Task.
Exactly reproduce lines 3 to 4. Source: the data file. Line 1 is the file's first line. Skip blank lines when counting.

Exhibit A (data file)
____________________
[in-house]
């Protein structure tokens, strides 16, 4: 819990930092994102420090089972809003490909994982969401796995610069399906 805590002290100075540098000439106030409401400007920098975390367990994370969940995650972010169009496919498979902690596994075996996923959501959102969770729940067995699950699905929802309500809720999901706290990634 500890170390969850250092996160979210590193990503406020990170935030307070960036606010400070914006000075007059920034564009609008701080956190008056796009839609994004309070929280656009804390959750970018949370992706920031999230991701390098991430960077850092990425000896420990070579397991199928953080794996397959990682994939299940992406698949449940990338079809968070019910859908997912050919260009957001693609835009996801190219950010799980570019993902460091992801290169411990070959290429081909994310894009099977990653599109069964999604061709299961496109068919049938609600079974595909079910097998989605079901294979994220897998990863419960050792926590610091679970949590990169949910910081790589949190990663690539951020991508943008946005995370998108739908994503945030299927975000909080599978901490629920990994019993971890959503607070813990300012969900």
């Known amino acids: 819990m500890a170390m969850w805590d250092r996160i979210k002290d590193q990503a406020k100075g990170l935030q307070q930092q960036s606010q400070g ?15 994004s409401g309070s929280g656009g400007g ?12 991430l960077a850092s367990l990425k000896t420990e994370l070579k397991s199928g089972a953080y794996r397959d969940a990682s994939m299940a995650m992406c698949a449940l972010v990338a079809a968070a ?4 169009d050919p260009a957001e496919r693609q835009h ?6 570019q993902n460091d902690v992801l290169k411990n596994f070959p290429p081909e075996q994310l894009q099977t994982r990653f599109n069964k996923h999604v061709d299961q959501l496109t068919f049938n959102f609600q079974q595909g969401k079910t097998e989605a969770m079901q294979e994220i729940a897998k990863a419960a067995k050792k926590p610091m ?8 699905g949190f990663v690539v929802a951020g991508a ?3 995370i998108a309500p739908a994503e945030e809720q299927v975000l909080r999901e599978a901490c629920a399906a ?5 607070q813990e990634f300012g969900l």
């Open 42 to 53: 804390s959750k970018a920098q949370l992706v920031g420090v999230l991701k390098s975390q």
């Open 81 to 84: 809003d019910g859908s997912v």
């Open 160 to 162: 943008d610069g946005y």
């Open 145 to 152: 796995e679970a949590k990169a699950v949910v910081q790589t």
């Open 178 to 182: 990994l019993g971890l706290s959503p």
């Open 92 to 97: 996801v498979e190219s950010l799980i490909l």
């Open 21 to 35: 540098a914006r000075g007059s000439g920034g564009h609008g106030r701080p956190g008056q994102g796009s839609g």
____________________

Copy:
């Known amino acids: 819990m500890a170390m969850w805590d250092r996160i979210k002290d590193q990503a406020k100075g990170l935030q307070q930092q960036s606010q400070g ?15 994004s409401g309070s929280g656009g400007g ?12 991430l960077a850092s367990l990425k000896t420990e994370l070579k397991s199928g089972a953080y794996r397959d969940a990682s994939m299940a995650m992406c698949a449940l972010v990338a079809a968070a ?4 169009d050919p260009a957001e496919r693609q835009h ?6 570019q993902n460091d902690v992801l290169k411990n596994f070959p290429p081909e075996q994310l894009q099977t994982r990653f599109n069964k996923h999604v061709d299961q959501l496109t068919f049938n959102f609600q079974q595909g969401k079910t097998e989605a969770m079901q294979e994220i729940a897998k990863a419960a067995k050792k926590p610091m ?8 699905g949190f990663v690539v929802a951020g991508a ?3 995370i998108a309500p739908a994503e945030e809720q299927v975000l909080r999901e599978a901490c629920a399906a ?5 607070q813990e990634f300012g969900l």
């Open 42 to 53: 804390s959750k970018a920098q949370l992706v920031g420090v999230l991701k390098s975390q």